Phosphine Can Lead Us to Aliens and Answer the Most Commonly Asked Question

Phosphine Can Lead Us to Aliens and Answer the Most Commonly Asked Question
SHARE

We all know what aliens look like from the movies. However, a group of scientists from MIT thinks that the creatures are stinky. MIT researchers proposed in a recent study that simple organisms are the ones that produce phosphine.

Here, on Earth, phosphine is one of the most toxic gases that we know of. It’s nicknamed “swamp gas,” and it is found in unpleasant locations, such as heaps of penguin dung.

However, on planets in the solar system, alien bacteria that do not need oxygen might as well ignore the gas whatsoever. Clara Sousa-Silva from MIT thinks that the rocky planets that have phosphine may be those where we can find aliens. We must take into account all the possibilities when it comes to alien life. So, phosphine can help alien life thrive. Let’s learn more about it!

Phosphine Can Lead Us to Aliens and Answer the Most Commonly Asked Question

Dr. Sousa-Silva, the leader of the study, stated that “Here on Earth, oxygen is a really vital sign of life. But other things besides life make oxygen too”. We also need to consider all the molecules that might not be made as often, but if they can be found on another planet, then there’s only one possible explanation.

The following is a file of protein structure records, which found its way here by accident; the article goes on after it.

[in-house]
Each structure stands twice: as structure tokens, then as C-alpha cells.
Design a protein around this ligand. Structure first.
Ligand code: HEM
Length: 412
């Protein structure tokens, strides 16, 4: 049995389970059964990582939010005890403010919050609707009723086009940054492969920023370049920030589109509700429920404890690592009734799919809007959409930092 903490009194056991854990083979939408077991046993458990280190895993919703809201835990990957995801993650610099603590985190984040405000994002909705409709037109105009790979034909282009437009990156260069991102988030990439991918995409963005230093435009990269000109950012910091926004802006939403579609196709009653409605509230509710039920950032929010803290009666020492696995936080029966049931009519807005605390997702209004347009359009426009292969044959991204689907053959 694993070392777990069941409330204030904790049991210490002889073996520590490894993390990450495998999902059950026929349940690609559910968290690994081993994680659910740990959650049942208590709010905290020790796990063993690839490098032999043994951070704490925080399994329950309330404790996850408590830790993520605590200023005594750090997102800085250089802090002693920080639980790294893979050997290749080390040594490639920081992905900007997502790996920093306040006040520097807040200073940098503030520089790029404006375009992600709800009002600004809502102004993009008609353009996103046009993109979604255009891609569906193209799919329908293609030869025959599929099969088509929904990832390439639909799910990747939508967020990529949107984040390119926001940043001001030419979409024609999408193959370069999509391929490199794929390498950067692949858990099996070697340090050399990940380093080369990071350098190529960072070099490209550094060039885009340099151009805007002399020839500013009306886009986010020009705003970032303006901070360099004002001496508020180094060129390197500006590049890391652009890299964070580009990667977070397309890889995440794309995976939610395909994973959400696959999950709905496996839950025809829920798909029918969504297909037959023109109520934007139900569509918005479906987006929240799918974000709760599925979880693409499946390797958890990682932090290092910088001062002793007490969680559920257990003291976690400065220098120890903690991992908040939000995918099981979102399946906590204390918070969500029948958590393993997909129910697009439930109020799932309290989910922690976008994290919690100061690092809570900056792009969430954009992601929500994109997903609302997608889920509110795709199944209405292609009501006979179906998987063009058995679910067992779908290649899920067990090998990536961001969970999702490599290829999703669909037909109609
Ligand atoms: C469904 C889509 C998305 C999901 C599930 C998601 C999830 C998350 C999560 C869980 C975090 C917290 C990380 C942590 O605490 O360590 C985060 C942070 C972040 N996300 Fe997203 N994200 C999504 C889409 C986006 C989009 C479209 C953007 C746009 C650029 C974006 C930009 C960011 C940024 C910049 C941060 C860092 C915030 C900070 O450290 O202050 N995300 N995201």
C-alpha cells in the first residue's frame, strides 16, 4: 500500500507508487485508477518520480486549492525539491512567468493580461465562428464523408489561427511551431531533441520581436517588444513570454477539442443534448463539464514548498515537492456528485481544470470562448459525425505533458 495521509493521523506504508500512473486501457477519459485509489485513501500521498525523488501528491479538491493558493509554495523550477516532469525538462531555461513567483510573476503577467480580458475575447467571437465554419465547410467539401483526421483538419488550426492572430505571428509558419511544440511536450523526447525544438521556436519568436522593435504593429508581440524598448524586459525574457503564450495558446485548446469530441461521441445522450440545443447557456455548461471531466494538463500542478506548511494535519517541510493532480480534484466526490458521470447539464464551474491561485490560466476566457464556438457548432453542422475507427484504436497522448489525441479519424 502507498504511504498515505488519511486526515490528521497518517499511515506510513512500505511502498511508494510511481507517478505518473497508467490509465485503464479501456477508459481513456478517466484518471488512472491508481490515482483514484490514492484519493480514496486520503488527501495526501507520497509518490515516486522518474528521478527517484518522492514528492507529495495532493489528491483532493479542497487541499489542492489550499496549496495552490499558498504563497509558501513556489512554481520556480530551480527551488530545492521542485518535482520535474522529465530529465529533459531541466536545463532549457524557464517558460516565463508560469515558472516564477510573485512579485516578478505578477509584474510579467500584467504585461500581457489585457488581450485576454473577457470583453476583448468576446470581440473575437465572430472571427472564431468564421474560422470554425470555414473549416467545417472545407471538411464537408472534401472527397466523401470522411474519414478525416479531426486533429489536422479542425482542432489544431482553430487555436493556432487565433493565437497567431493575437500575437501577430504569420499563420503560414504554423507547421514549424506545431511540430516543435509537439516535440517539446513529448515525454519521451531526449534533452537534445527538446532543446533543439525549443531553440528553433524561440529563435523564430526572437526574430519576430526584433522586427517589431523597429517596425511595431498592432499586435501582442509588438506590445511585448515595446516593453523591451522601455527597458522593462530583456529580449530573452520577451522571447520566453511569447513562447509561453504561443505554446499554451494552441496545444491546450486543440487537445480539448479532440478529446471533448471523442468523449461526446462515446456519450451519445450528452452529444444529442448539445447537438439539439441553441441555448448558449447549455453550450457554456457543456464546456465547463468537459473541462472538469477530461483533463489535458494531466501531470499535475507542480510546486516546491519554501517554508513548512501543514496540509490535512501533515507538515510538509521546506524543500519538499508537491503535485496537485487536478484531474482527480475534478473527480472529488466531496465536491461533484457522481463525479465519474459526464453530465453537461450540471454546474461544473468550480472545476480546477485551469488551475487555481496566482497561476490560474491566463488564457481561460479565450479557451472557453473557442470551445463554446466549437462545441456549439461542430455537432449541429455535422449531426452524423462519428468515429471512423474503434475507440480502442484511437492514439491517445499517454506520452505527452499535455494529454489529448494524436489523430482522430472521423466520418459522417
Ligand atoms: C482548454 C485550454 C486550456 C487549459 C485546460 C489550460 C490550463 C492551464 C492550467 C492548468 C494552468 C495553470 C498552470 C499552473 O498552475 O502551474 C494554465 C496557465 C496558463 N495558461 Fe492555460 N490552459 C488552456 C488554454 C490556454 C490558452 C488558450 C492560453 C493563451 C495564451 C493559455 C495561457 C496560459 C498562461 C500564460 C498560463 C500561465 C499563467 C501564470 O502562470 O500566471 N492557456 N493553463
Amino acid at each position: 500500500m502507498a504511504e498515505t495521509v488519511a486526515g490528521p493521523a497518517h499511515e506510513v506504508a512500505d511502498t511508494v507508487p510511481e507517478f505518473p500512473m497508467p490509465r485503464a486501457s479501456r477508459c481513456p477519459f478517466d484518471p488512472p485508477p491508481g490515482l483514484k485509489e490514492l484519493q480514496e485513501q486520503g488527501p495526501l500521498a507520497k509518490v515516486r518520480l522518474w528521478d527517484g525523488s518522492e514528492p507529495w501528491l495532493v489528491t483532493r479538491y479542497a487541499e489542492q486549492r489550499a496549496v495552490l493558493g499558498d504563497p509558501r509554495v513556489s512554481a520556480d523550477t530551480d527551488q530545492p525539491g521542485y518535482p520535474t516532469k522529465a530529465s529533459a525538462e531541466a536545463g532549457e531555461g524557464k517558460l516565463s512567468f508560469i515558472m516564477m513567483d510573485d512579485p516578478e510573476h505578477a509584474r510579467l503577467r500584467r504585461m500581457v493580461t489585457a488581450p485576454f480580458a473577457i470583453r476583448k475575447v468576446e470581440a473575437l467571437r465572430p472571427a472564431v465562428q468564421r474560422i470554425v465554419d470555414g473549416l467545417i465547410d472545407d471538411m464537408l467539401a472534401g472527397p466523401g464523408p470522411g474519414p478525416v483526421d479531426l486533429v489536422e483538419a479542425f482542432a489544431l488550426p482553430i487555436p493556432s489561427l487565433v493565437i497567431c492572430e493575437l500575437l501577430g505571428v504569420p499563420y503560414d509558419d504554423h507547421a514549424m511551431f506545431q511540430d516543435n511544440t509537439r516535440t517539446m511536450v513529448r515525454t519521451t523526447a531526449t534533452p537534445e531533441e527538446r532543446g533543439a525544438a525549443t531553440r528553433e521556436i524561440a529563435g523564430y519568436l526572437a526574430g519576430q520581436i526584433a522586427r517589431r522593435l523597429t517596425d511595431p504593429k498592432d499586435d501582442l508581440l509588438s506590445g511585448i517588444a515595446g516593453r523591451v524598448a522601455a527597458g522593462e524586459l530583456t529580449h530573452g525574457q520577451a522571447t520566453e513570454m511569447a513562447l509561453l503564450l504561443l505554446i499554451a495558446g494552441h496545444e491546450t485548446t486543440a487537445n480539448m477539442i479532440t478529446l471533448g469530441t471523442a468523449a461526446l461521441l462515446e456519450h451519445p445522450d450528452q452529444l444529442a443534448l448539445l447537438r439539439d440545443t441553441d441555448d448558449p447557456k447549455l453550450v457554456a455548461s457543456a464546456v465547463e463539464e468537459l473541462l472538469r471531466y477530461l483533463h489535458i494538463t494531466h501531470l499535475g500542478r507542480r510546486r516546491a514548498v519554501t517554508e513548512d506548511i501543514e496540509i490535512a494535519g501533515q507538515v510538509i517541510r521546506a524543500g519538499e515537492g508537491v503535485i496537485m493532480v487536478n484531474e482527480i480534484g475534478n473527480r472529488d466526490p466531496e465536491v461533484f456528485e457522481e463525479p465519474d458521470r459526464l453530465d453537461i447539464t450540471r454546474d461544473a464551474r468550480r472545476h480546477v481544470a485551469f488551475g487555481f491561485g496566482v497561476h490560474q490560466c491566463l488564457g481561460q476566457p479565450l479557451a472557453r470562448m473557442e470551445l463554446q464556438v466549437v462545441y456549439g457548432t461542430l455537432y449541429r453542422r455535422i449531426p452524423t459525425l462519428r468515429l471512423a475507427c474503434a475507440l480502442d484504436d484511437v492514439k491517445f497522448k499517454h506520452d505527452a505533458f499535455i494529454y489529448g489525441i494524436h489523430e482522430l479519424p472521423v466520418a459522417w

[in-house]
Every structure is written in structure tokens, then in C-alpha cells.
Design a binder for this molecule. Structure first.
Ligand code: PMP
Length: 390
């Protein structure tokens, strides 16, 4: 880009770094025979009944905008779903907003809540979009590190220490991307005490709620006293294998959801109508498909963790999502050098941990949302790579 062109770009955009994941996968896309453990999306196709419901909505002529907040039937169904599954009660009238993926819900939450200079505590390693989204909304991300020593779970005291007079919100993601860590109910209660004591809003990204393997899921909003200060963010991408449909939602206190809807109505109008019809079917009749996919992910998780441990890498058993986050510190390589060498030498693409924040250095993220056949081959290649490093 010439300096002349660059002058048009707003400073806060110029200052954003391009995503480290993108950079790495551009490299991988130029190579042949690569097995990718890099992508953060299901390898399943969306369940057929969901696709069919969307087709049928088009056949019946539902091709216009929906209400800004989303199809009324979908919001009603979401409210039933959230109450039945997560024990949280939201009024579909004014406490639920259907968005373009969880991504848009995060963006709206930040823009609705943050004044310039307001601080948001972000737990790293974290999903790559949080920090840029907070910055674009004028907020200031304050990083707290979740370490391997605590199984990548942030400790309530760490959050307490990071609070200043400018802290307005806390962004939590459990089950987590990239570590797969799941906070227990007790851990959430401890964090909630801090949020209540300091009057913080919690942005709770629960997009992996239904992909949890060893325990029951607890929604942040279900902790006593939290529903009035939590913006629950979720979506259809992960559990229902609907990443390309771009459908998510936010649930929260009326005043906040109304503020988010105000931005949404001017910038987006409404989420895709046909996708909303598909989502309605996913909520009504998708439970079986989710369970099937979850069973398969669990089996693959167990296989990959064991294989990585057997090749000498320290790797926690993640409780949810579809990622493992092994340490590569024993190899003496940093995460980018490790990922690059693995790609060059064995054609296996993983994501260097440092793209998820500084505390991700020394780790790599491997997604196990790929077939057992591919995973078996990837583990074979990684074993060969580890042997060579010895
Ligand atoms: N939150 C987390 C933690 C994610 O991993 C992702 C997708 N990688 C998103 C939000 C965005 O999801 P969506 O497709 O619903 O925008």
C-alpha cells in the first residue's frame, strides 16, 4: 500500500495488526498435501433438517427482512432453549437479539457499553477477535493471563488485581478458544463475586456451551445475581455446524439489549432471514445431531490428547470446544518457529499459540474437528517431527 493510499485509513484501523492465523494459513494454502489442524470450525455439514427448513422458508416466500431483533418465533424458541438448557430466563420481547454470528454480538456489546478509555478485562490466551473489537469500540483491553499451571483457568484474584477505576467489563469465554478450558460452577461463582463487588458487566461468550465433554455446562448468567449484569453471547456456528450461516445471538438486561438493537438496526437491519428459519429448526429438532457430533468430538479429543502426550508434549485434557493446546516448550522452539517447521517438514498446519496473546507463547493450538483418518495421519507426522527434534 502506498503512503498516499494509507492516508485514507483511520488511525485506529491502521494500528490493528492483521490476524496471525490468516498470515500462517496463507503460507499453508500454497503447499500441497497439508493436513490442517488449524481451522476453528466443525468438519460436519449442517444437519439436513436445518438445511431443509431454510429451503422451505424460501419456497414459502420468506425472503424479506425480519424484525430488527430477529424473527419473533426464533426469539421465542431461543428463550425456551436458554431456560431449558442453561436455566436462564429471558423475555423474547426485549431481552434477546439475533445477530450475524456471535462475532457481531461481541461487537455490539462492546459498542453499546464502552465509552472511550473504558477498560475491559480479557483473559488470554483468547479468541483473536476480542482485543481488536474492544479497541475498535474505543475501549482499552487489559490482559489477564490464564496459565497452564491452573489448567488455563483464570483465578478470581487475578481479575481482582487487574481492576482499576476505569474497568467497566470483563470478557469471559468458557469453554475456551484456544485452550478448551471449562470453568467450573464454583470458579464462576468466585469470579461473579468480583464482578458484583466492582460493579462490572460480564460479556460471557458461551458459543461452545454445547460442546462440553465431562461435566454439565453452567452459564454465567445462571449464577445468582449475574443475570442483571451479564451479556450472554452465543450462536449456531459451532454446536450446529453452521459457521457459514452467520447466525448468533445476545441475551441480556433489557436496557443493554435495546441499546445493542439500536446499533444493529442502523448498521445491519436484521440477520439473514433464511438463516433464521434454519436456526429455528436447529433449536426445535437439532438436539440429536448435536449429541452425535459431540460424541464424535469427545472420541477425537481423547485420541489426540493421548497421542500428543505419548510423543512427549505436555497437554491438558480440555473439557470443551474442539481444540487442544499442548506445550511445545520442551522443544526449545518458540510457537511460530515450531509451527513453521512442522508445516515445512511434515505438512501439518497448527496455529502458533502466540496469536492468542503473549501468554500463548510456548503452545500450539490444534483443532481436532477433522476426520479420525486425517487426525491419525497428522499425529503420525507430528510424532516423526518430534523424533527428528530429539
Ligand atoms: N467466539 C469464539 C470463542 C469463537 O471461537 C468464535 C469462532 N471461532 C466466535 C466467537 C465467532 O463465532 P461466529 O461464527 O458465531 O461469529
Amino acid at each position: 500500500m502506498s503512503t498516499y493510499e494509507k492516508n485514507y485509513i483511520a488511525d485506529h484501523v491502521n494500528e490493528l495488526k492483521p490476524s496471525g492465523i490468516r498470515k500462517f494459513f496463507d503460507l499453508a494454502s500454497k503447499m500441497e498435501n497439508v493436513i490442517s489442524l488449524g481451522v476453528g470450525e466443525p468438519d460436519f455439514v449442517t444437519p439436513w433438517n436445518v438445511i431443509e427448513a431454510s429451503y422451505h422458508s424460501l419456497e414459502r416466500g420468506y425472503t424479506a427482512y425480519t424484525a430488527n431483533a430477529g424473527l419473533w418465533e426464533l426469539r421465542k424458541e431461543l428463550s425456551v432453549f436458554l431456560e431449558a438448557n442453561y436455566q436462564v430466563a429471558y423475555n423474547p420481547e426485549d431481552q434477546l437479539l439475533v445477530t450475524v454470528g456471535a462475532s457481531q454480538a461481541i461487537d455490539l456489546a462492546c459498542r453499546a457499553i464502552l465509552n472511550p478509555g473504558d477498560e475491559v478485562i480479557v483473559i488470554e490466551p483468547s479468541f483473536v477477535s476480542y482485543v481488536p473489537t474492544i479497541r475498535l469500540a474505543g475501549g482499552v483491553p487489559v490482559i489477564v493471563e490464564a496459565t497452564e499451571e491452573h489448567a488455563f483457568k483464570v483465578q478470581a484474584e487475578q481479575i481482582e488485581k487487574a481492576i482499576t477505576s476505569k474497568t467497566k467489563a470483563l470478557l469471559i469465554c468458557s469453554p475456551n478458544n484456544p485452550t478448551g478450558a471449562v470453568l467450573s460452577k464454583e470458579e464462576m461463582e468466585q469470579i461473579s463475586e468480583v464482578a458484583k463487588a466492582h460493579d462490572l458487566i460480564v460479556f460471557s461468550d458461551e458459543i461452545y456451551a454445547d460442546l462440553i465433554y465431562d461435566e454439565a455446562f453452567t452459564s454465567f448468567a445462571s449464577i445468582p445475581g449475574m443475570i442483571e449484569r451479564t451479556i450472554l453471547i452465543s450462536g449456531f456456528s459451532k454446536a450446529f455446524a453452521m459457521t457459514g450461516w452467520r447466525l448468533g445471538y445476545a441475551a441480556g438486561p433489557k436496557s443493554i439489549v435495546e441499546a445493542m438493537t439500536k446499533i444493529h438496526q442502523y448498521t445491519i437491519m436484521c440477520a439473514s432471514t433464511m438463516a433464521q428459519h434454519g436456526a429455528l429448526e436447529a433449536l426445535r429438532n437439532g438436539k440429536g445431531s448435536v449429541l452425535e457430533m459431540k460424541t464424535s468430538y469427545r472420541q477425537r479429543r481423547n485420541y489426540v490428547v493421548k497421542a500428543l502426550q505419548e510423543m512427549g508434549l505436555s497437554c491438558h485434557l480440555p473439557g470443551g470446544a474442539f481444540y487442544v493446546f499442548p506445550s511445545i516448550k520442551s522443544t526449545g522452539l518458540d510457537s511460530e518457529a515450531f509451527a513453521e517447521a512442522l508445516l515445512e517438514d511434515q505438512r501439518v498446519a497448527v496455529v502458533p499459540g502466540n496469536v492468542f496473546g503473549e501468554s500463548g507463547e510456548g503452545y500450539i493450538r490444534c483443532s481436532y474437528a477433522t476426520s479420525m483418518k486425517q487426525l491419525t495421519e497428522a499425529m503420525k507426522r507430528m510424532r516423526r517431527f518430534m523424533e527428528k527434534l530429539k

Those creatures that do not rely on oxygen to grow are called anaerobic organisms. On Earth, anaerobes are the bacteria that process hydrogen and not oxygen. MIT’s researchers suggested that phosphine cannot be produced – naturally – on a rocky planet, without the involvement of some kind of form of life.

But there are some examples in which the gas can be produced spontaneously and without any kind of participation from any form of life on the planets Jupiter and Saturn. Accordingly, phosphine can indeed help alien life thrive. Of course, we talk about microbial life, not intelligent extraterrestrial life, though.


SHARE

Share this post

Post Comment

This site uses Akismet to reduce spam. Learn how your comment data is processed.